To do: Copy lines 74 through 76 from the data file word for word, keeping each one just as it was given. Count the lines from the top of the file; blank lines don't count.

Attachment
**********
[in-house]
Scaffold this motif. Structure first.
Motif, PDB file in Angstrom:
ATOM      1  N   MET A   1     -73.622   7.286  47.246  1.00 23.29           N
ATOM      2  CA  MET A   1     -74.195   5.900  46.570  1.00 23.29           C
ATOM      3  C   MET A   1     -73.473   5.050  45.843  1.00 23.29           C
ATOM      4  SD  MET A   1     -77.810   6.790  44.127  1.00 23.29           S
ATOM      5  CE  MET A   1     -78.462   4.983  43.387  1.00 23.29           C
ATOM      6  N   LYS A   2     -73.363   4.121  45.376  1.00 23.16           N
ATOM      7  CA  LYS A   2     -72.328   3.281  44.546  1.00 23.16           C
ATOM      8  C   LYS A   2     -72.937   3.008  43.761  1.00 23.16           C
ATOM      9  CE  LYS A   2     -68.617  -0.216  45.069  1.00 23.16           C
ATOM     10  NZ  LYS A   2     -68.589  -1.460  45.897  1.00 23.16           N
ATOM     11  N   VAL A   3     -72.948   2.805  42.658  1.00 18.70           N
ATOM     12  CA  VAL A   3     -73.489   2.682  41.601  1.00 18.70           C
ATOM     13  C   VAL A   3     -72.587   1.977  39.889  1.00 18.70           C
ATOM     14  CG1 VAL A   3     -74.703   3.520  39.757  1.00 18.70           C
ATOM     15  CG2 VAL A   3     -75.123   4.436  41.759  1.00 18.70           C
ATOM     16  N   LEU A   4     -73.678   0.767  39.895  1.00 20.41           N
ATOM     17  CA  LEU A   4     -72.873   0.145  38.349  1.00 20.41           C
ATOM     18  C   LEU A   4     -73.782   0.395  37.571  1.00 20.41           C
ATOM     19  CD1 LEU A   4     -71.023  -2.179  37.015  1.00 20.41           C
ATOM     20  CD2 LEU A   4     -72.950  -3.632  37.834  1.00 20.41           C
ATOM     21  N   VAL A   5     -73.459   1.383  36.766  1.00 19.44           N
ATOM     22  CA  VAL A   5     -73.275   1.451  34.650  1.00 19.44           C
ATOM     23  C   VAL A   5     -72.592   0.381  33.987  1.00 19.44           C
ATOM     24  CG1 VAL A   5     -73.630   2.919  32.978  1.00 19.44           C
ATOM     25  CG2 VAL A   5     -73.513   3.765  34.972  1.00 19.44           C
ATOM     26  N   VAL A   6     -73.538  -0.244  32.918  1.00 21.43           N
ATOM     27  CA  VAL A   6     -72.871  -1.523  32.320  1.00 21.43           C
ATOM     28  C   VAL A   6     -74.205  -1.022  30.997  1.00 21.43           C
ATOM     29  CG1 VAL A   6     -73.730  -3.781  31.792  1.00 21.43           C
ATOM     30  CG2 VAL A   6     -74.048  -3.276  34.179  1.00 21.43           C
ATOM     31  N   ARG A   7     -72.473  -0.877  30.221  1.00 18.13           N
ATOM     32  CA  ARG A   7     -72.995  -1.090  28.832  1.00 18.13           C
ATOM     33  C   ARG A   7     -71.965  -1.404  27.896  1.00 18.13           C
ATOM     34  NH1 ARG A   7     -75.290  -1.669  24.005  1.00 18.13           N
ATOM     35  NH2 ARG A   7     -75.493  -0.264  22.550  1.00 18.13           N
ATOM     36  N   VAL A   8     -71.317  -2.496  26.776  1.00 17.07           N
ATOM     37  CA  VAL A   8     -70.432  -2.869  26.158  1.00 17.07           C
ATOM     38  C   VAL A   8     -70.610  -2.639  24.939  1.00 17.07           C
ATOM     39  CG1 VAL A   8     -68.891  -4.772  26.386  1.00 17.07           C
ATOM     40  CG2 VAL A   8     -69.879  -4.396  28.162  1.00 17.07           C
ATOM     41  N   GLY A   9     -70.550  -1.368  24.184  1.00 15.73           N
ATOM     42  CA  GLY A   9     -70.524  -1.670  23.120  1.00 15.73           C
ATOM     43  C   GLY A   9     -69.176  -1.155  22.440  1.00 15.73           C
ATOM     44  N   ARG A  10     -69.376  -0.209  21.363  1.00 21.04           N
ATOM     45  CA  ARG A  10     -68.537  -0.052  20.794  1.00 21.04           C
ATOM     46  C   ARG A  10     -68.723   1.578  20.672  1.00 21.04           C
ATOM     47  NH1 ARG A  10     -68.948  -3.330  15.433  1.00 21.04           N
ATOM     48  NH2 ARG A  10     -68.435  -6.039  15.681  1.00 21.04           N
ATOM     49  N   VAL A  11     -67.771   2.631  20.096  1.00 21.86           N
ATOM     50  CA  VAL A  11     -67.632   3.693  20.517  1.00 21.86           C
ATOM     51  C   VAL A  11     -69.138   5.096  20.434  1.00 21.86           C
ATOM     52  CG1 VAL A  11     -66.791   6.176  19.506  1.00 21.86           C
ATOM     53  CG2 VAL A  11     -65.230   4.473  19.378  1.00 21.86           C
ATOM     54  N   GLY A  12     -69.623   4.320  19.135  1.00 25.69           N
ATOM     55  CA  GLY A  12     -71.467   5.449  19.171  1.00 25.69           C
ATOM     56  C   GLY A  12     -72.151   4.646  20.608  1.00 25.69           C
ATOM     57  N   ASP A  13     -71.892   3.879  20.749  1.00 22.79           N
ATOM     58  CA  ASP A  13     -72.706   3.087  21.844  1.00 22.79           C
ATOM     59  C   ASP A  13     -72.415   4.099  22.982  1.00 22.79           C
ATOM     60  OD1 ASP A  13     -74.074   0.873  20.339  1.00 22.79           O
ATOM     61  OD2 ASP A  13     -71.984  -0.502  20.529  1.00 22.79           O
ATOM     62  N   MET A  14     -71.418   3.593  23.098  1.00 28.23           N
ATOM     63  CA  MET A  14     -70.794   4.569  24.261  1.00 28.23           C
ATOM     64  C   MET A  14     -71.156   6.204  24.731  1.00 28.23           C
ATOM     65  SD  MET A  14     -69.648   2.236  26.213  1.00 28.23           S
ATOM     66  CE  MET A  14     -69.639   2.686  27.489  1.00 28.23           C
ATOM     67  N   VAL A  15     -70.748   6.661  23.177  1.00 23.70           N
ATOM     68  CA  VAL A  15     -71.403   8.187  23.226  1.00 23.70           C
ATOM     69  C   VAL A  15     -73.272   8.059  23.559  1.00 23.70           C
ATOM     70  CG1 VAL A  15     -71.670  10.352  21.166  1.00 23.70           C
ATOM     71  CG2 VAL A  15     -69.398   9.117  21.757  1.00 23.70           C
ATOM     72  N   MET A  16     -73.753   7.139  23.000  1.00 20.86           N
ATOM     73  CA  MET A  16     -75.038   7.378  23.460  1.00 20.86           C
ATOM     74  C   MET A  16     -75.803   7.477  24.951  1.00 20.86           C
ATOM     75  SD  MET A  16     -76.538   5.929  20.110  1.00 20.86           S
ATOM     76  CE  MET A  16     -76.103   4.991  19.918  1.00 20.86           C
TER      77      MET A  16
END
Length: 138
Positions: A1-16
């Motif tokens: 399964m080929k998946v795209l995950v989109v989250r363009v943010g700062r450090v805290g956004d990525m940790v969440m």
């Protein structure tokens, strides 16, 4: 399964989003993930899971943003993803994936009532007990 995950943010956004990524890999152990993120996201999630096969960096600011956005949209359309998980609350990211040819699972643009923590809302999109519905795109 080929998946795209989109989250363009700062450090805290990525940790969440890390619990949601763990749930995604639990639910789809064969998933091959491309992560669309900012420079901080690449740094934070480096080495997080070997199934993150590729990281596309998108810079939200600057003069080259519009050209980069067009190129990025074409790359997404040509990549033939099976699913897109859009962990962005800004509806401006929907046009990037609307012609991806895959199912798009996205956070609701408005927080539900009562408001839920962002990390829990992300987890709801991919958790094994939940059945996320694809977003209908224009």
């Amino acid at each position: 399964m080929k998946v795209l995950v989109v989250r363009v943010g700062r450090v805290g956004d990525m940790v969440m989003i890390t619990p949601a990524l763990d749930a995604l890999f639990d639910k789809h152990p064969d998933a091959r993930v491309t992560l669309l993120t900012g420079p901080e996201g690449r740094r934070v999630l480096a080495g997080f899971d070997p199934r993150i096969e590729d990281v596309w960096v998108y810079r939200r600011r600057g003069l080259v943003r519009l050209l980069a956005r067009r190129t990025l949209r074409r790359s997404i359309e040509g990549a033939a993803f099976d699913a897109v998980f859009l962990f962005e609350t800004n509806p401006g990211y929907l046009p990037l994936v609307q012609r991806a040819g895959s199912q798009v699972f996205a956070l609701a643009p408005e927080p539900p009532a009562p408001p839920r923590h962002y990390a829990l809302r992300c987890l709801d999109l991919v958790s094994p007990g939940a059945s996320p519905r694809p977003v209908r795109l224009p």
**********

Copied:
ATOM     71  CG2 VAL A  15     -69.398   9.117  21.757  1.00 23.70           C
ATOM     72  N   MET A  16     -73.753   7.139  23.000  1.00 20.86           N
ATOM     73  CA  MET A  16     -75.038   7.378  23.460  1.00 20.86           C